January 30, 2015 by Charles Burnett
Among the various announcements that Microsoft made Jan. 21 was the official announcement of the much-anticipated Windows 10. The biggest news was that it will be a free update for all current Windows users. This means that if you are running Windows 7, 8 or 8.1 you can download the new version of Windows at no charge.
While this may seem like more like a nicety than a profundity in the future of computing, this actually represents a major shift in the way the business of computers will be heading, at least in the immediate future. Microsoft used to make a majority of its money from the retail sales of its operating system. In recent years however, the amount of revenue it had been making declined, as many struggled to update their computers at increasingly faster release cycles.
During this time, Apple began releasing its updates at little or no charge and allowing users to download these updates directly from its app store, eliminating the need to travel to a store to purchase it. Simply put, the sales paradigm has changed.
And as it would seem, Apple, not Microsoft, is leading the charge in this new direction. So then how is this not just Microsoft playing another round of “catch-up” to its trendier opponent?
It’s simple. The second, and arguably much more significant announcement that Microsoft made, is that starting with Windows 10, a program written for any Microsoft device can run on any other Microsoft device.
This means if a developer writes a video player application for Windows 10, it will not have to be completely rewritten for it to run on Windows Phone or even the Xbox. This saves developers serious time and allows Microsoft to catch up in the mobile arena (Windows Phone sales historically trail Android and the iPhone by a long shot).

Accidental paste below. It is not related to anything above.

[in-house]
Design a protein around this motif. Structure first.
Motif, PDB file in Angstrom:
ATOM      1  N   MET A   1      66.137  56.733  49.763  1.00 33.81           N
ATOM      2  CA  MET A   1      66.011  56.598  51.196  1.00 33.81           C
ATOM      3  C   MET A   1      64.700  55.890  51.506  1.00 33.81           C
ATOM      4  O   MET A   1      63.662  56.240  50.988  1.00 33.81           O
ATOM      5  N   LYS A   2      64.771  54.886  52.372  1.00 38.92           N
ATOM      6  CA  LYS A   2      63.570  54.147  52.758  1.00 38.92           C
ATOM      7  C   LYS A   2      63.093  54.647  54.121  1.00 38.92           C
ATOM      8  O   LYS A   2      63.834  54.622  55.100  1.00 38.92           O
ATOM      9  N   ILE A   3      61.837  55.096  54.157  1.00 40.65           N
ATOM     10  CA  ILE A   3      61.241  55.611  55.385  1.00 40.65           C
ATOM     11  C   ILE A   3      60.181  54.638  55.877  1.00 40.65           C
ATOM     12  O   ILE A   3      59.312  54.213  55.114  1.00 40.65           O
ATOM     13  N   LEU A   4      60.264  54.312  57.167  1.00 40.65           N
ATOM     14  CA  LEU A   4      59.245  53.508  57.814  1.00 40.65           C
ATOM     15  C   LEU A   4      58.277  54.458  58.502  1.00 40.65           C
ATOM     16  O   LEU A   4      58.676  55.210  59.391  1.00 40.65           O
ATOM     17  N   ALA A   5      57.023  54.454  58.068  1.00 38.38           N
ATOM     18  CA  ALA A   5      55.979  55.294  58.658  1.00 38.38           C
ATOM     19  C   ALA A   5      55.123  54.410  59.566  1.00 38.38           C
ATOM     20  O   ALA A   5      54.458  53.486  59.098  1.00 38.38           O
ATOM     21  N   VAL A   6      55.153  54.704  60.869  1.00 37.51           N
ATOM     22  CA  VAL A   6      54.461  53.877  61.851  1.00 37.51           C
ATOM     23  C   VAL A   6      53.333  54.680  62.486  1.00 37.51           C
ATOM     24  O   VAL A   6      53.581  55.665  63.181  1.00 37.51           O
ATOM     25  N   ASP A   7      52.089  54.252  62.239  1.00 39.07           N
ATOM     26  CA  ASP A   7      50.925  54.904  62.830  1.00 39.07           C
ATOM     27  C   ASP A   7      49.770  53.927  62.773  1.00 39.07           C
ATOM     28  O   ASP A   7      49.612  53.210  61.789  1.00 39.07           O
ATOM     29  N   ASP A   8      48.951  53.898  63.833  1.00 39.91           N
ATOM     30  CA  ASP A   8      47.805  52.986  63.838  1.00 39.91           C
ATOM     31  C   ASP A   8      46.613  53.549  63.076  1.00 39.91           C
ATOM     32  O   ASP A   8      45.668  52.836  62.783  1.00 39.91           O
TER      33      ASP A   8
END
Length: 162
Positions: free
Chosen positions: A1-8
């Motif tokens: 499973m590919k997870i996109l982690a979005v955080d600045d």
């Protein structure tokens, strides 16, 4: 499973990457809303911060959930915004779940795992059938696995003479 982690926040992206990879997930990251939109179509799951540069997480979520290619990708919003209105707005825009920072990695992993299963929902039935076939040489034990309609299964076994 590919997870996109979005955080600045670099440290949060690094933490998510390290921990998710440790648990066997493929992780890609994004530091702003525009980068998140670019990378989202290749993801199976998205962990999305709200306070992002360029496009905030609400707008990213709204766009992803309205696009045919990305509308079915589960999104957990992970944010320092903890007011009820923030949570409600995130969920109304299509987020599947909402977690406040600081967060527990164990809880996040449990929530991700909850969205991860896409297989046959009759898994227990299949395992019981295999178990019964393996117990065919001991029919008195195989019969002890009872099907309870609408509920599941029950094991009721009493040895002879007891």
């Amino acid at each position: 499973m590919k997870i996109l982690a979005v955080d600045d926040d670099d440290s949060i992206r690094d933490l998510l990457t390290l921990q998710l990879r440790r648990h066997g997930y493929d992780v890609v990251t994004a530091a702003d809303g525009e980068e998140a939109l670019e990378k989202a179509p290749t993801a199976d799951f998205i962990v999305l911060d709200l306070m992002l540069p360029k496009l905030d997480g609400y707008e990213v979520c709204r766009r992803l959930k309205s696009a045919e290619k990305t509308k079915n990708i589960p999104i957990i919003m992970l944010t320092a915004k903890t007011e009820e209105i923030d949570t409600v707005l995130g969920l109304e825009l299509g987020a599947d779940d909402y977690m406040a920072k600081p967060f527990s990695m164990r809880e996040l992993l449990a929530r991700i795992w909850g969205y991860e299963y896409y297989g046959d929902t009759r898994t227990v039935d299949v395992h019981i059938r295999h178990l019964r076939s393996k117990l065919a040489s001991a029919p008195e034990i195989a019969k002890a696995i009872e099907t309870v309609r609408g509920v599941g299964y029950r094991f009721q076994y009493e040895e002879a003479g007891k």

More importantly, this ends the notion that Microsoft is an operating system and begins a new era with Windows as a platform that spans across all media. This means that the actual specifications of your hardware will largely not matter. It follows then that the very idea of purchasing a new computer will not be a choice of the fastest hardware, but rather which platform you want to go with.
Apple has yet to reach this point in its software. There are still many loose ends it needs to tie up to stay competitive with Microsoft in this respect.
Finally, Microsoft stands to make a large amount of money from this unified approach. For every app that is purchased on any of Microsoft’s app stores, Microsoft receives a 30 percent cut of that sale. The new ease of development that Microsoft has provided, along with the large amount of room these stores have for growth and the strong unified emphasis on using these official channels for development creates the perfect storm of revenue.
That’s not to say this isn’t a big risk for Microsoft. It has eliminated a big source of revenue for its company and is betting big on new technologies that have yet to be fully proven in the tech realm.
If this works, however, then the way consumers think about computers may very well change to something largely unrecognizable from the world that we
Charles Burnett is a junior political science major at Drexel University. He can be contacted at [email protected].